Robin Cooper’s life is falling apart.
While his friends prepare to head off to university, Robin is looking at a pile of rejection letters from drama schools up and down the country, and facing a future without the people he loves the most. Everything seems like it’s ending, and Robin is scrabbling to find his feet.
Unsure about what to do next and whether he has the talent to follow his dreams, he and his best friends go and drown their sorrows at a local drag show, where Robin realises there might be a different, more sequinned path for him . . .
With a mother who won’t stop talking, a boyfriend who won’t acknowledge him and a best friend who is dying to cover him in glitter make up, there’s only one thing for Robin to do: bring it to the runway.
This book was every bit as fabulous as I expected it to be. Boy Queen follows Robin, who is struggling with knowing what to do when he gets turned down from his dream drama school. Surrounded by his friends, he ends up exploring the world of drag, and blimey it is a ride.
Look, I don’t know much about drag. I watched a bit of Drag Race yearssss ago, and I don’t remember much about it. But this book feels like a staple for those who love drag, and those who only know a little about it. As Robin is only just being introduced to the wonderful world of drag himself, I was very much along for the ride, and what a ride it was.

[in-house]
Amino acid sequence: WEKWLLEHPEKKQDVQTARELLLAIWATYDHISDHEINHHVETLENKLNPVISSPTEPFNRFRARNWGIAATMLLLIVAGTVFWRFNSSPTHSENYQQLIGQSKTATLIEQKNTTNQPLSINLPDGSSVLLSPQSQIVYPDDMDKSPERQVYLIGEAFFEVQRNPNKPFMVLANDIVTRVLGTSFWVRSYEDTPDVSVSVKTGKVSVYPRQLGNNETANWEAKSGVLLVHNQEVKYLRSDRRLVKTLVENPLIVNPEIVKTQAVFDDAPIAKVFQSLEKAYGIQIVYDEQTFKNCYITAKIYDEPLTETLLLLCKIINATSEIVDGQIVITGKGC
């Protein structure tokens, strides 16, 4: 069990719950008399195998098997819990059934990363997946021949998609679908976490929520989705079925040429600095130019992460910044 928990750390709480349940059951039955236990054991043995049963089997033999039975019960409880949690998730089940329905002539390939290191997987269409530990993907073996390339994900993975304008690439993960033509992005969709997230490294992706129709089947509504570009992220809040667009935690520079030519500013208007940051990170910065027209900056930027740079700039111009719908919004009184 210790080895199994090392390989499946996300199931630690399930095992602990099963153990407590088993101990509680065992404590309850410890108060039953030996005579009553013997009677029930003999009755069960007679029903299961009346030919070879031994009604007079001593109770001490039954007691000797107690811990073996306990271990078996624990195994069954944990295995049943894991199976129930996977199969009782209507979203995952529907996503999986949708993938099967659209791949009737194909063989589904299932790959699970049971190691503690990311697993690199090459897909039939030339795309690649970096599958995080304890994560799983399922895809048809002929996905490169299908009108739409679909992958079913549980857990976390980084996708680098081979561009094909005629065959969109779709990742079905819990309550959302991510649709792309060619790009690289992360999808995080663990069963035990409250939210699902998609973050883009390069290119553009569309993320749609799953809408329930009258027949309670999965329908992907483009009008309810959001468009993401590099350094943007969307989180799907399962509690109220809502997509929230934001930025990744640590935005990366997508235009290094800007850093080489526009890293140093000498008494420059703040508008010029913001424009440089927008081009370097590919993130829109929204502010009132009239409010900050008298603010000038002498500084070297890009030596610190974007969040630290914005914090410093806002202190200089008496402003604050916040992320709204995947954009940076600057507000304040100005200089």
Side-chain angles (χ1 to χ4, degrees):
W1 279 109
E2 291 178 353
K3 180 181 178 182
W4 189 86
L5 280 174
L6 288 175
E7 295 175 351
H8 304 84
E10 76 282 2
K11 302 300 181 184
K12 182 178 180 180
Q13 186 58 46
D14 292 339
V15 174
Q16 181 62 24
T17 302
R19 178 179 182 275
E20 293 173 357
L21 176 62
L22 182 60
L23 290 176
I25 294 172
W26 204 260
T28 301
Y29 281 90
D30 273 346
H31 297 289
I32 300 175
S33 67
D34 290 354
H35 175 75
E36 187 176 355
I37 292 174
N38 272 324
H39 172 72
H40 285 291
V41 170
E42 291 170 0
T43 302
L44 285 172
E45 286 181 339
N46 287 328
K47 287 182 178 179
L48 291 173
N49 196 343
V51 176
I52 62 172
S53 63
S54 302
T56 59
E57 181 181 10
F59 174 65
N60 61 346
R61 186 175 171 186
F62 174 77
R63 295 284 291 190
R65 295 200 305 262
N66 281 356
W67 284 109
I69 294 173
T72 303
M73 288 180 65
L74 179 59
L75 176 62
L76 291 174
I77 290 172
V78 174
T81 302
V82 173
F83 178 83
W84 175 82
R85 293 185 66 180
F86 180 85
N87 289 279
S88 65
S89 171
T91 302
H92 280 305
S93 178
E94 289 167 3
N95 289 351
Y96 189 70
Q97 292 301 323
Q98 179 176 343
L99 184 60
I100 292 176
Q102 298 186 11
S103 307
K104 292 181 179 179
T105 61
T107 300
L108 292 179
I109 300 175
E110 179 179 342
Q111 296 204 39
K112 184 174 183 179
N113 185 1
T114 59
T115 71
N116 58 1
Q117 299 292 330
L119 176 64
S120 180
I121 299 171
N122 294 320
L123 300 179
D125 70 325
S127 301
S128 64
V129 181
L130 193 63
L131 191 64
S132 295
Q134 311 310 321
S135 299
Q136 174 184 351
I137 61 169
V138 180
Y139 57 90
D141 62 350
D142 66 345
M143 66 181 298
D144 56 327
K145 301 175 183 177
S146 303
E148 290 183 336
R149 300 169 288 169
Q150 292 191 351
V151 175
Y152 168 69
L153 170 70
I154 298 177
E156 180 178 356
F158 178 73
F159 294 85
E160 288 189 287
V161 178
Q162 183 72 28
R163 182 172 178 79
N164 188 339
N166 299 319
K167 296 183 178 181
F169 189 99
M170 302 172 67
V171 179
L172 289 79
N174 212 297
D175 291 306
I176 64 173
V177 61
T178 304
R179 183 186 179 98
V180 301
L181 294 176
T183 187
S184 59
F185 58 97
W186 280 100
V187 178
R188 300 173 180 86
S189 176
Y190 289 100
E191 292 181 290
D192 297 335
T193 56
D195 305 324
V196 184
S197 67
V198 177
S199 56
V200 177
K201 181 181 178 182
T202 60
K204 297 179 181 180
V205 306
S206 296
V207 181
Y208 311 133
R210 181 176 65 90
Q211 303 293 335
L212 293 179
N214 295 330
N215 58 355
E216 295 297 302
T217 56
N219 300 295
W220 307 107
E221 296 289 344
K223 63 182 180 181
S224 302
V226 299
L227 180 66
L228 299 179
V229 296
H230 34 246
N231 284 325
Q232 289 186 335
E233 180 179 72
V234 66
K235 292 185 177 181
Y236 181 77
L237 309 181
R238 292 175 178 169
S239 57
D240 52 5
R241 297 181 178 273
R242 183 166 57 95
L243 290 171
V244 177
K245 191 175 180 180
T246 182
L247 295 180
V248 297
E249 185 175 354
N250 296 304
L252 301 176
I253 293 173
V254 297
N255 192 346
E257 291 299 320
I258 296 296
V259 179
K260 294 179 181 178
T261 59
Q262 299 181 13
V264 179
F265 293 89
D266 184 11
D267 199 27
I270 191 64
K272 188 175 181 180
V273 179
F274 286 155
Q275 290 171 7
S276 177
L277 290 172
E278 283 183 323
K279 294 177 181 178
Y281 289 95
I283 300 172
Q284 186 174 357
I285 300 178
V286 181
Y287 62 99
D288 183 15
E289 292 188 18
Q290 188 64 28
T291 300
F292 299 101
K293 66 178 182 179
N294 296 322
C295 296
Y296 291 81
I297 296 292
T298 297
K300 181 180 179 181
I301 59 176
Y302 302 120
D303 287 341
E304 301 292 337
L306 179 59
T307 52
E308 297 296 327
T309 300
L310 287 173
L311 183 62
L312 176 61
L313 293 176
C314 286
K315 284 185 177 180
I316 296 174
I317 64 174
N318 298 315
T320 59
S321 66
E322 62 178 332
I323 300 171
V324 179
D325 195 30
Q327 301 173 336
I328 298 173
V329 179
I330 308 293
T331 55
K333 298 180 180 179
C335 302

I absolutely adored the characters. Robin’s mum was my favourite. She was smart, she was sassy, and she loved Robin more than anything in the world. I loved every line she came out with, and the relationship between Robin and his mum was so heartwarming. The book never talks about why Robin and his mum live alone, and I actually really liked that. I’ve found a couple of books recently that don’t discuss single parent relationships in too much depth, and I find it really strong and a great thing to normalise. Not that it’s not important, it just wasn’t the story Boy Queen was here to tell, and that’s okay.
Robin was surrounded by a lovely, diverse group of friends who stand up for him when it really matters. They have their differences, which feels real and is done really well, but they also stick together. And Robin himself, the fabulous little drama queen he is, was a great protagonist to follow. He even made me properly laugh out loud in parts, which I find rarely happens with a book and I really appreciated!
I read this book in a couple of days, and although the pacing can be a little slow at times, it feels like an all-singing, all-dancing heart-warming pick me up. It was warm and fuzzy, but not without it’s family feuds, break ups and drama! What an absolutely sparkling YA debut! I can’t wait to see more from George Lester.
cw: homophobia, physical attack/abuse, homophobic slurs
5 out of 5 stars
May your shelves forever overflow with books! ☽